9 New Books to Read This Month (August 2021)

9 New Books to Read This Month (August 2021)

Written by: Andrea Marks-Joseph

There’s some seriously atmospheric, unforgettable literature releasing this month! August’s most-anticipated list features two Young Adult novels set at mysterious boarding schools with possible links to witchcraft, a suspenseful ballet thriller from the author of Dare Me, and a Historical Noir story from the critically acclaimed author of Mexican Gothic. 

This month also has three of my favourite book covers of the year: a Latinx fake-dating celebrity Romance, a Memoir from a man who hid his disability for over a decade, and a Middle Grade sports novel with a young Black girl at the centre. Also on the list is a joyous anthology that celebrates Black boyhood, and a Domestic Thriller about women who somehow seem to ‘have it all.’ Let’s dive right in! 


1. The Husbands by Chandler Baker (3 August - Mystery, Thriller)  

The Husbands is a novel that asks: to what lengths will a woman go for a little more help from her husband? It’s an intriguing Domestic Thriller with a sense of mystery, humor, and feminist fun. While house hunting in an exclusive suburban neighborhood, Nora meets a group of high-powered women whose husbands are enviably supportive. When she agrees to help with a resident's wrongful death case, she is pulled into the lives of those women, and finds there is something distinctly strange going on to ensure their secret to having it all. The novel has already been picked up for an on-screen adaptation, with Kristin Wiig to star!  



2. A Lesson in Vengeance by Victoria Lee (3 August - Young Adult Thriller)  

Said to be perfect for fans of Wilder Girls, this is an unsettling, atmospheric thriller set at a boarding school that has a haunting history of witchcraft. Ellis, a first year at Dalloway and prodigy novelist, asks Felicity, a returning student who just wants to get on with schoolwork, for help to uncover the much-whispered-about mystery of the five girls who died in their boarding house. A Lesson in Vengeance confronts grief, mental illness, and desire. It’s the perfect read for fans of dark academia, particularly if you love the idea of queering the genre.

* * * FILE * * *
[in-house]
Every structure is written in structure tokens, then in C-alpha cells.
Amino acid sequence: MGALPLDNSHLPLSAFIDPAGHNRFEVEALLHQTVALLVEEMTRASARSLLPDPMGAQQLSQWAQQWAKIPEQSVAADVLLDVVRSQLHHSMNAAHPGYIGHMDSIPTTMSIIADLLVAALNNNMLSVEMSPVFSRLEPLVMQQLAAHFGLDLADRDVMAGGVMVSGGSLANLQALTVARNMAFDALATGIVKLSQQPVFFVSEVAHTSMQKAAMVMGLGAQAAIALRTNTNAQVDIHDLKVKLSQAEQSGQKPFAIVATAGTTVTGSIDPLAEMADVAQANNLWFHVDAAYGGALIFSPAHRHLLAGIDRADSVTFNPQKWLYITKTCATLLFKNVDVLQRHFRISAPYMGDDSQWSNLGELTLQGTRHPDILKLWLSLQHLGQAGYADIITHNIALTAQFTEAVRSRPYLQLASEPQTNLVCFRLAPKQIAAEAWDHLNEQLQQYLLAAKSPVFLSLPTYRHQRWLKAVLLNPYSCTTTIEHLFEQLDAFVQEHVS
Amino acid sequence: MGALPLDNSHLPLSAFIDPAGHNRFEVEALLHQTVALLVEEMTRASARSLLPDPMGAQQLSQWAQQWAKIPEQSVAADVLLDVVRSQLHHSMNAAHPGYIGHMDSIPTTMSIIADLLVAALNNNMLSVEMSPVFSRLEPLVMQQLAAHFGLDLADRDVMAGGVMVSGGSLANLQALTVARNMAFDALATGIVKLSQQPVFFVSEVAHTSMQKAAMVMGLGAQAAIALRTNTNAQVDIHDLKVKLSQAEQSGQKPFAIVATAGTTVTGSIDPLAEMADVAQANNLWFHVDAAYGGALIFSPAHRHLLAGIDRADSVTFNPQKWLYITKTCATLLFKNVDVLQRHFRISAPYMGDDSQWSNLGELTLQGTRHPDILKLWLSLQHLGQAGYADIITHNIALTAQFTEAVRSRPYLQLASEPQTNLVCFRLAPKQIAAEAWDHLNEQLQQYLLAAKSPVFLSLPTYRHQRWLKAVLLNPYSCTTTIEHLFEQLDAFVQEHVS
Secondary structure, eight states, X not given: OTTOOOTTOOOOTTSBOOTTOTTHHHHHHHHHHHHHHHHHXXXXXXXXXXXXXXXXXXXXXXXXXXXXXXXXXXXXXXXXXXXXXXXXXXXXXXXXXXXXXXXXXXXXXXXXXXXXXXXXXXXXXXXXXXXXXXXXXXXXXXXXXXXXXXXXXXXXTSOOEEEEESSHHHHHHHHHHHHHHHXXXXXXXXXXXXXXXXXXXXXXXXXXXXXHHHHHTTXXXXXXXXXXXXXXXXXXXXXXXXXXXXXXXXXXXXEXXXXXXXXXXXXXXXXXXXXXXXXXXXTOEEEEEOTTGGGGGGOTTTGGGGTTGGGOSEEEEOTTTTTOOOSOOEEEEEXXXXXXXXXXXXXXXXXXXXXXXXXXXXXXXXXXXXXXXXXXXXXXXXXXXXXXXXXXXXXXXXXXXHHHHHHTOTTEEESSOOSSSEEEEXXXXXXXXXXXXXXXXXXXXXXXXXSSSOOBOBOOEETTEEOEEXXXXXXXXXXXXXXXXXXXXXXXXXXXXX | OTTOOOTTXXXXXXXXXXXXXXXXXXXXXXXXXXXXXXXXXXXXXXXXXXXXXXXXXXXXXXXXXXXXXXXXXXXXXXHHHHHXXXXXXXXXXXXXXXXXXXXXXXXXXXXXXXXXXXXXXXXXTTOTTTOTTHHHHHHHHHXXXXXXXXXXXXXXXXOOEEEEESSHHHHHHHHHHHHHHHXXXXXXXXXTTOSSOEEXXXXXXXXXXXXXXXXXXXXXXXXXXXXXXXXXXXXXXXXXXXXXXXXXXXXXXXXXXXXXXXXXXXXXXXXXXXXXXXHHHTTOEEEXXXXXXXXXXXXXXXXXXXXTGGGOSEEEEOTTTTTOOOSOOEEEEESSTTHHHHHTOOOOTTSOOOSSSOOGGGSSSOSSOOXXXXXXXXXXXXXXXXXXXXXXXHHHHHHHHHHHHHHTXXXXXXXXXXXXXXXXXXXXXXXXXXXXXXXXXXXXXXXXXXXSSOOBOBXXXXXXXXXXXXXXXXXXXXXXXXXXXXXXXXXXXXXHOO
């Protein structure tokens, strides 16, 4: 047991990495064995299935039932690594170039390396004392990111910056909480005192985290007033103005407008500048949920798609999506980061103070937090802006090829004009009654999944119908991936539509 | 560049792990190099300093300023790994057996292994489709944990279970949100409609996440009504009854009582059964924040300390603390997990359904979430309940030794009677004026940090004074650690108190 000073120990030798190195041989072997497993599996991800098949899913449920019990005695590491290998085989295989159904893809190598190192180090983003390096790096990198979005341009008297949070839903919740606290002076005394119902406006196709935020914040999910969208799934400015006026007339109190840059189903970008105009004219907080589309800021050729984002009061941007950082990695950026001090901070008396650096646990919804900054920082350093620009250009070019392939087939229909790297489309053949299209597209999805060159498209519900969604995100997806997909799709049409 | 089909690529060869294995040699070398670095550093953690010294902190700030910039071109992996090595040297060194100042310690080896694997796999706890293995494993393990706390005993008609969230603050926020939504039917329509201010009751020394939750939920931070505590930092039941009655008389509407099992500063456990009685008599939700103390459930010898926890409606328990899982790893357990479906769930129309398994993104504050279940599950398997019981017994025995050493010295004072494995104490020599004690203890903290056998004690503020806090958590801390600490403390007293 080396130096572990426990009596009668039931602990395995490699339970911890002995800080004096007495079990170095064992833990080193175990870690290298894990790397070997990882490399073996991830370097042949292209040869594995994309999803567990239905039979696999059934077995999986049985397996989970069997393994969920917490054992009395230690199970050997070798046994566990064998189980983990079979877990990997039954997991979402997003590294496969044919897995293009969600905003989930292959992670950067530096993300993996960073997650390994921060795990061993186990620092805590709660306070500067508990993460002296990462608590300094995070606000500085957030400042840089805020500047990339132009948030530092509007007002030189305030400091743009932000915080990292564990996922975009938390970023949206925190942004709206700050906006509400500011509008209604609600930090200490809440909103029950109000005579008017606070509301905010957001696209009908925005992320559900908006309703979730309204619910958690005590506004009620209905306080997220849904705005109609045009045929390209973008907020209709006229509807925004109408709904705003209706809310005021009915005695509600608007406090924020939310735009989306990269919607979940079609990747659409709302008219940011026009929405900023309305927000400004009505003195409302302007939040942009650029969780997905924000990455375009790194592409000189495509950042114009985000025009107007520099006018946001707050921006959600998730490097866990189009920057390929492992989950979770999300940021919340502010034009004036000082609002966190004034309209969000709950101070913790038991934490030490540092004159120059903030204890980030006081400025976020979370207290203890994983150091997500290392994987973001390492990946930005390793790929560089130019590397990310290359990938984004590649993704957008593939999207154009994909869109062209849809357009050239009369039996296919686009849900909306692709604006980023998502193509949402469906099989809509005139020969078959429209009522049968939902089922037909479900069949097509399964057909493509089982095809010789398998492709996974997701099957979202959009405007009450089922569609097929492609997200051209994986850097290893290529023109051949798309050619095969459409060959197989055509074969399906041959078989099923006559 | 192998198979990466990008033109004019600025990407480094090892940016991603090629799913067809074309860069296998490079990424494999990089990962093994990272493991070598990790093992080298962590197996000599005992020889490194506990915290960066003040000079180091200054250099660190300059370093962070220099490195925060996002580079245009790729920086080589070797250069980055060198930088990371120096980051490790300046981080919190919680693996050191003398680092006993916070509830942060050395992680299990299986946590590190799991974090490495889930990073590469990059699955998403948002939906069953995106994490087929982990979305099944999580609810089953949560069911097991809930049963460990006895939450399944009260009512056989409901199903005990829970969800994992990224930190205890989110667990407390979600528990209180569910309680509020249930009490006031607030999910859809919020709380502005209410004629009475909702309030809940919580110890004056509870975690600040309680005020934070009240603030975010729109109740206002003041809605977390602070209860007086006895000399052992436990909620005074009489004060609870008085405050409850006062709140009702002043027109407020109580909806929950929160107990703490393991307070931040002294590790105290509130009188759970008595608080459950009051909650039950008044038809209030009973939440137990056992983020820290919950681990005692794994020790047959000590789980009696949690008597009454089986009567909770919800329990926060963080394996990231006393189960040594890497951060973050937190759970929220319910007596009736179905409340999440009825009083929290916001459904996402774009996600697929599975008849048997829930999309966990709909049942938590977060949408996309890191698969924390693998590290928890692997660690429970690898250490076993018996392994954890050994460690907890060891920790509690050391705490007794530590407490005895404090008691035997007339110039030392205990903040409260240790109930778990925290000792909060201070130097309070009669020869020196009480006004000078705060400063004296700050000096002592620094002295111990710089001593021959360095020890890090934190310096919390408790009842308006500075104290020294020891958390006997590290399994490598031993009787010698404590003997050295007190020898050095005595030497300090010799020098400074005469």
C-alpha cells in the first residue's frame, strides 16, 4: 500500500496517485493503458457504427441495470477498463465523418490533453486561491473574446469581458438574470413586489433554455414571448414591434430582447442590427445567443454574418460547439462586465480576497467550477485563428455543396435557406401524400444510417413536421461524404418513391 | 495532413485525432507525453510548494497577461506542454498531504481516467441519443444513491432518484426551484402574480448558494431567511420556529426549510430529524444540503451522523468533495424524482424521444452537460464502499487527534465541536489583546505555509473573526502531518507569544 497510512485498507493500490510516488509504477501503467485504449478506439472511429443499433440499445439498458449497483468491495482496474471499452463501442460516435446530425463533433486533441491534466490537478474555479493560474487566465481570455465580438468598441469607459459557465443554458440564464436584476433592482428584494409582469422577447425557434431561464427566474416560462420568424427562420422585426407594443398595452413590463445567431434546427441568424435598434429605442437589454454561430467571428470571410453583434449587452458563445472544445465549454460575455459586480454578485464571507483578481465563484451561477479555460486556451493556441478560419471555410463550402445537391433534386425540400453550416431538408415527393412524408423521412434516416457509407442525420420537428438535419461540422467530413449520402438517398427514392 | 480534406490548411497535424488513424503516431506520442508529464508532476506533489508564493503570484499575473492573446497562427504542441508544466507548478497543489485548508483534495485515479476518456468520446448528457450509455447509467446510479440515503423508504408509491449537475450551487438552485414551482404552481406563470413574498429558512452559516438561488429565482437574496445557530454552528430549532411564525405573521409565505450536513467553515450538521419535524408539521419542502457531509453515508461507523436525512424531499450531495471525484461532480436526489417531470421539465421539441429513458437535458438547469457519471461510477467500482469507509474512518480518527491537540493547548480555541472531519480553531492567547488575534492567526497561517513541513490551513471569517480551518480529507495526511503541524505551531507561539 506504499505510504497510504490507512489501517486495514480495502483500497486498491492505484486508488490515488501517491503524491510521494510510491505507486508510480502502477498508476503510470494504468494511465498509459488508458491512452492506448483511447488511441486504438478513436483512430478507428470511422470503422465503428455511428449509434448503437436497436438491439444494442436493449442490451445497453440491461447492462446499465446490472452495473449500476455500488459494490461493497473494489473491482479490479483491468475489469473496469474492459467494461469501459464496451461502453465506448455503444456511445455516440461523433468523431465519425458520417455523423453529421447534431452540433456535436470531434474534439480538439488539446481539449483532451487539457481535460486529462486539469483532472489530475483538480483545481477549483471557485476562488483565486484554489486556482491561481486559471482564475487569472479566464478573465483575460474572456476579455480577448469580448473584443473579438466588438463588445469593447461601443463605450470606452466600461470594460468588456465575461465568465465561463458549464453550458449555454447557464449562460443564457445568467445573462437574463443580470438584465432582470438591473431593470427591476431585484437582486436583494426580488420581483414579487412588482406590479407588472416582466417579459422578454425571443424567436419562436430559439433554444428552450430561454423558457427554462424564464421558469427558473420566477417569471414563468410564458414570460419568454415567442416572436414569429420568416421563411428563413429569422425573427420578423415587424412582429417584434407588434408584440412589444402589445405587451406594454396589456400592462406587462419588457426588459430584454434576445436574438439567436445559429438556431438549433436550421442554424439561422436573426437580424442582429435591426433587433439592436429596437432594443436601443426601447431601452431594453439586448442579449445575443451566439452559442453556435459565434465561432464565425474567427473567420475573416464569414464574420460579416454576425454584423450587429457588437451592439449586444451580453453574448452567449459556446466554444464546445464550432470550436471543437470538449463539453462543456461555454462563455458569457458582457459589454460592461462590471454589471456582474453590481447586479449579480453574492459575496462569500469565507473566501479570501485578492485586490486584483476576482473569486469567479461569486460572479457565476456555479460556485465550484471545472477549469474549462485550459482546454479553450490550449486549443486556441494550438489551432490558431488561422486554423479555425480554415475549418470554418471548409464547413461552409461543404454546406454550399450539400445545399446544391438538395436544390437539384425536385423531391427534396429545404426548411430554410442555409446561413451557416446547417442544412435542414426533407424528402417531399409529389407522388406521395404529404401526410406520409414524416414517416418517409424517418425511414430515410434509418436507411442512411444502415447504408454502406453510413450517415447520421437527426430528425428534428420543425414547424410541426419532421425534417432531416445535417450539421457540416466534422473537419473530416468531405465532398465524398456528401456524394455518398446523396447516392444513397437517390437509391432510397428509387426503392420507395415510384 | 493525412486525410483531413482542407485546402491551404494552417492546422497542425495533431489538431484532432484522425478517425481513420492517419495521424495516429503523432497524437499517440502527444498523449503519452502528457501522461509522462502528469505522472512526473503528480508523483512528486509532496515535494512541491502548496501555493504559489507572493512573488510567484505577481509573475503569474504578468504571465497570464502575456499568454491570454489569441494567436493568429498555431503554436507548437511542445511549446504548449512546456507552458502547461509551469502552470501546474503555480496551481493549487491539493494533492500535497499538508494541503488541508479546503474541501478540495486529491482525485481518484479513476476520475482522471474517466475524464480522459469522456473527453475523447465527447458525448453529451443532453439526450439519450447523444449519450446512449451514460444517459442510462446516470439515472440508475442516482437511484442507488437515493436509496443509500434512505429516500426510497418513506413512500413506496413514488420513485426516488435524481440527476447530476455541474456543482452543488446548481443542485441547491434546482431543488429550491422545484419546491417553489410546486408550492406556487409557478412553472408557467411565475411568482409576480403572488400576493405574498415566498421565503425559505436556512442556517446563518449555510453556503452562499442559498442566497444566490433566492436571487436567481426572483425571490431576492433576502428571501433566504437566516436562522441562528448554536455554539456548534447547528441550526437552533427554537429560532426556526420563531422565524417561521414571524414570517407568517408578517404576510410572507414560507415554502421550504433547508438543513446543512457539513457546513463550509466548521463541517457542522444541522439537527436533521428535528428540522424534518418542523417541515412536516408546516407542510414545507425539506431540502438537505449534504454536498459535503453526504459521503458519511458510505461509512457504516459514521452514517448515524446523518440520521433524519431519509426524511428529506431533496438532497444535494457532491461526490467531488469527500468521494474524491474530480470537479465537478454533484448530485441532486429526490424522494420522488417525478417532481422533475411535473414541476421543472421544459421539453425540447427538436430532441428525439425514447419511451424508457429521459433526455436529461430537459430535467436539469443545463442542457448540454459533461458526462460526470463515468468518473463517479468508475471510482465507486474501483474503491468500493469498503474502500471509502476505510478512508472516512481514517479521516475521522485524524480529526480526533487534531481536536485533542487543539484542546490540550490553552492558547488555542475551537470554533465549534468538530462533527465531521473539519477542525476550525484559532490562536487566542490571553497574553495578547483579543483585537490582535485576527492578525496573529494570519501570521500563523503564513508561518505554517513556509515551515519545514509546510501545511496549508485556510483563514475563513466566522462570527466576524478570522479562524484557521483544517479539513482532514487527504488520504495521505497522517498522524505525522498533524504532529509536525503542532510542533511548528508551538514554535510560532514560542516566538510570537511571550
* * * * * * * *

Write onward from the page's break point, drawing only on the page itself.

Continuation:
3. The Turnout by Megan Abbott (3 August - Thriller)  

There’s always been something dark and mesmerizing behind the beauty of ballet. Cinematic classics like Centre Stage and Black Swan, or the recently adapted novel for Netflix Tiny Pretty Things, have shown us that the competitive nature of ballet school is the perfect home for tales of shifting power dynamics, sisterhood, and secrets. The Turnout is “a sharp and strange dissection of family ties and sexuality, femininity and power” from the award-winning author of Dare Me. It has the pressure of the big annual performance, a suspicious accident, familial tension, and an interloper who threatens the school’s delicate balance. Megan Abbott captivates us with the drama, pain and prestige of ballet, brilliantly infusing it with the ambition, rage and desire she’s known for. 


4. Like a Love Song by Gabriela Martins (3 August - Young Adult Romance) 

Gabriela Martins’ debut novel is filled with all the fabulous fake-dating celebrity romance goodness we could dream of! This is a love story between Natalie, a chart-topping Brazilian pop star, and her PR-appointed fake boyfriend, a soft-hearted British indie film star. It’s got the fun, warm, rom-com vibe we will always need —with the added bonus of authentic Latinx representation, and a gorgeous illustrated cover complete with the perfect ballgown, red carpet steps and a boy wearing patterned socks! 


5. Black Boy Joy edited by Kwame Mbalia (3 August - Middle Grade Anthology)